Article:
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Aged care workers are challenging Minister Richard Colbeck to take a first simple step to fix the crisis in aged care: meet with workers and listen to their solutions.

“After multiple letters to Richard Colbeck this year, aged care workers have not had the courtesy of a response,” United Workers Union Aged Care Director Carolyn Smith said today.

“Listening to aged care workers is vital to understanding the failures in aged care Senator Colbeck is responsible for.

“Senator Colbeck has spent a lot of time ducking his responsibility for this crisis – it’s time he looked aged care workers in the eye and heard from them what’s going on.

“Aged care workers are challenging Senator Colbeck to meet as a matter of urgency to discuss their solutions.”

Ms Smith made the comments while launching the National Aged Care Staffing Master Plan covering aged care workers in Queensland, Western Australia, South Australia and the Northern Territory.

Workers are contributing to the plan to fix the broken aged care system in response to years of inaction on aged care by the Federal Government.

The continuing neglect of aged care has been once again identified in the Royal Commission’s most recent findings that Federal Government preparations for Covid-19 in aged care were insufficient and the government needed a comprehensive plan.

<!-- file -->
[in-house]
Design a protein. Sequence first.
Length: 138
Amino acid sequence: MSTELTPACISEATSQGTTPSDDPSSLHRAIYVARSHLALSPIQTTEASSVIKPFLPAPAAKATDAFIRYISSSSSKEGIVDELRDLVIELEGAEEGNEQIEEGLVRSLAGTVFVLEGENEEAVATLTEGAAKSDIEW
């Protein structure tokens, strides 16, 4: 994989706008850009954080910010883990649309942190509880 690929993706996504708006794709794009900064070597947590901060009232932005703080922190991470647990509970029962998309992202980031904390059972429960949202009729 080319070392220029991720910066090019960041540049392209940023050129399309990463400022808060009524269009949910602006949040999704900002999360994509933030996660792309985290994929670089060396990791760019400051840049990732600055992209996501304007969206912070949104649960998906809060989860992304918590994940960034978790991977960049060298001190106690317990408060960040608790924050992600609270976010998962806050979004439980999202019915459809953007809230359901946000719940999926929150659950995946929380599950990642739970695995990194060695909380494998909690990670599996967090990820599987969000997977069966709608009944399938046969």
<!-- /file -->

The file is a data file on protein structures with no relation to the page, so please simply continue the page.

“The National Aged Care Staffing Master Plan is a chance for the real experts, aged care workers, to tell decision makers what quality aged care should look like,” Ms Smith said.

“The only way we can solve the crisis in aged care is by listening to the real experts, and putting workers at the heart of decisions in aged care.”

Workers’ voices from the National Aged Care Staffing Master Plan will provide the solutions in aged care that ensure better jobs and quality care for residents.

West Australian aged care worker Mel says:

“We’re always short staffed, and it has a domino effect. It’s stopping us from doing the best we can for the residents. We need safe working numbers.

“We’re in aged care day in, day out, 24/7. I don’t understand why employers and government aren’t asking us what needs to happen. They need to ask us, the aged care workers, because we are the ones with the expertise.”

South Australian aged care worker Donna says:

“People are telling me on a daily basis they’re unsupported, understaffed, and the workload is ridiculous. The problems in aged care aren’t isolated, they’re the same nation-wide. But the federal government isn’t doing anything about it. I want to say to the federal government, have any of you walked into an aged care facility and actually worked there?”

Queensland aged care worker Pauline says:

“I’ve worked in aged care for so long and I’ve seen it going backwards. It’s been the same thing from this government for years.

“They don’t understand what the problems are and they don’t ask the frontline workers. They just don’t want to know.”